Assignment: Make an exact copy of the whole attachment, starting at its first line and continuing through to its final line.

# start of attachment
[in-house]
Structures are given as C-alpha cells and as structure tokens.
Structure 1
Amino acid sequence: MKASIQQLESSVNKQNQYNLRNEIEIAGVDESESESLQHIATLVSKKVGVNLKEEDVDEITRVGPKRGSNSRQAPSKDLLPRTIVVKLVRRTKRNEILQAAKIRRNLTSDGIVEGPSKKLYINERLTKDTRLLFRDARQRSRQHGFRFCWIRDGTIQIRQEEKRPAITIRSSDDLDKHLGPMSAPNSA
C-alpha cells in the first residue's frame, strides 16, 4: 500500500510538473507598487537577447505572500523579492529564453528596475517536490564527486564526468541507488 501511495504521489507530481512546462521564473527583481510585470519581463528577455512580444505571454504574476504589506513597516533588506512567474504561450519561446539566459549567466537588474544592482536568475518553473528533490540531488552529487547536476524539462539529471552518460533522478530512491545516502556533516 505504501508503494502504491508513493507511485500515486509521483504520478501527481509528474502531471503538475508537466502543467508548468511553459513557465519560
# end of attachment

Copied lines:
[in-house]
Structures are given as C-alpha cells and as structure tokens.
Structure 1
Amino acid sequence: MKASIQQLESSVNKQNQYNLRNEIEIAGVDESESESLQHIATLVSKKVGVNLKEEDVDEITRVGPKRGSNSRQAPSKDLLPRTIVVKLVRRTKRNEILQAAKIRRNLTSDGIVEGPSKKLYINERLTKDTRLLFRDARQRSRQHGFRFCWIRDGTIQIRQEEKRPAITIRSSDDLDKHLGPMSAPNSA
C-alpha cells in the first residue's frame, strides 16, 4: 500500500510538473507598487537577447505572500523579492529564453528596475517536490564527486564526468541507488 501511495504521489507530481512546462521564473527583481510585470519581463528577455512580444505571454504574476504589506513597516533588506512567474504561450519561446539566459549567466537588474544592482536568475518553473528533490540531488552529487547536476524539462539529471552518460533522478530512491545516502556533516 505504501508503494502504491508513493507511485500515486509521483504520478501527481509528474502531471503538475508537466502543467508548468511553459513557465519560